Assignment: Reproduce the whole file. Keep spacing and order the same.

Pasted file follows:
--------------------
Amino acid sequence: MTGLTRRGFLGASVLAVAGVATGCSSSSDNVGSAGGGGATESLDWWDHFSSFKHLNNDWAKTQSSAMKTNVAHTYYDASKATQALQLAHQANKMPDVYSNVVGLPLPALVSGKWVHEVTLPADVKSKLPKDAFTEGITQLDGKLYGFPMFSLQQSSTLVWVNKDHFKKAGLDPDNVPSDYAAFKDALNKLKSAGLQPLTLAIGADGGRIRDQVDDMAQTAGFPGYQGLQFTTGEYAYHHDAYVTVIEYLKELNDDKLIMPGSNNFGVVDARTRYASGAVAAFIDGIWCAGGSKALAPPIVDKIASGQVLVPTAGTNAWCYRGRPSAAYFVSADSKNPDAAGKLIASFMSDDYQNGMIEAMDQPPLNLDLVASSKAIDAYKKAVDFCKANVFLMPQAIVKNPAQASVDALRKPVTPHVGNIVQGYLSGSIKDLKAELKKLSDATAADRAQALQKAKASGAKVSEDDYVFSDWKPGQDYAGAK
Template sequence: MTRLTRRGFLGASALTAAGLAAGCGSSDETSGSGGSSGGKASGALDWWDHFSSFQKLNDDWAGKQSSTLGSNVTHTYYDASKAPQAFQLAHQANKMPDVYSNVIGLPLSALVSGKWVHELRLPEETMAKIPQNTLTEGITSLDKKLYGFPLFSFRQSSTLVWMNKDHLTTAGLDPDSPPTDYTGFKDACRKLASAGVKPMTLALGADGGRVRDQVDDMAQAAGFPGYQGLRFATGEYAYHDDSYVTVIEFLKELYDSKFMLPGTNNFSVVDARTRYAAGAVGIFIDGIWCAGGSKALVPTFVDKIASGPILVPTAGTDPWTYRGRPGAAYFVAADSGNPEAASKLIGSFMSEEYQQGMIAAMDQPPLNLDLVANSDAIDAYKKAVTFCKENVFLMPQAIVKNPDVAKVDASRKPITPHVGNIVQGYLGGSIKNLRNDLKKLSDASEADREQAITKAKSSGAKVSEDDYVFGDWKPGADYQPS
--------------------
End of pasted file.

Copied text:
Amino acid sequence: MTGLTRRGFLGASVLAVAGVATGCSSSSDNVGSAGGGGATESLDWWDHFSSFKHLNNDWAKTQSSAMKTNVAHTYYDASKATQALQLAHQANKMPDVYSNVVGLPLPALVSGKWVHEVTLPADVKSKLPKDAFTEGITQLDGKLYGFPMFSLQQSSTLVWVNKDHFKKAGLDPDNVPSDYAAFKDALNKLKSAGLQPLTLAIGADGGRIRDQVDDMAQTAGFPGYQGLQFTTGEYAYHHDAYVTVIEYLKELNDDKLIMPGSNNFGVVDARTRYASGAVAAFIDGIWCAGGSKALAPPIVDKIASGQVLVPTAGTNAWCYRGRPSAAYFVSADSKNPDAAGKLIASFMSDDYQNGMIEAMDQPPLNLDLVASSKAIDAYKKAVDFCKANVFLMPQAIVKNPAQASVDALRKPVTPHVGNIVQGYLSGSIKDLKAELKKLSDATAADRAQALQKAKASGAKVSEDDYVFSDWKPGQDYAGAK
Template sequence: MTRLTRRGFLGASALTAAGLAAGCGSSDETSGSGGSSGGKASGALDWWDHFSSFQKLNDDWAGKQSSTLGSNVTHTYYDASKAPQAFQLAHQANKMPDVYSNVIGLPLSALVSGKWVHELRLPEETMAKIPQNTLTEGITSLDKKLYGFPLFSFRQSSTLVWMNKDHLTTAGLDPDSPPTDYTGFKDACRKLASAGVKPMTLALGADGGRVRDQVDDMAQAAGFPGYQGLRFATGEYAYHDDSYVTVIEFLKELYDSKFMLPGTNNFSVVDARTRYAAGAVGIFIDGIWCAGGSKALVPTFVDKIASGPILVPTAGTDPWTYRGRPGAAYFVAADSGNPEAASKLIGSFMSEEYQQGMIAAMDQPPLNLDLVANSDAIDAYKKAVTFCKENVFLMPQAIVKNPDVAKVDASRKPITPHVGNIVQGYLGGSIKNLRNDLKKLSDASEADREQAITKAKSSGAKVSEDDYVFGDWKPGADYQPS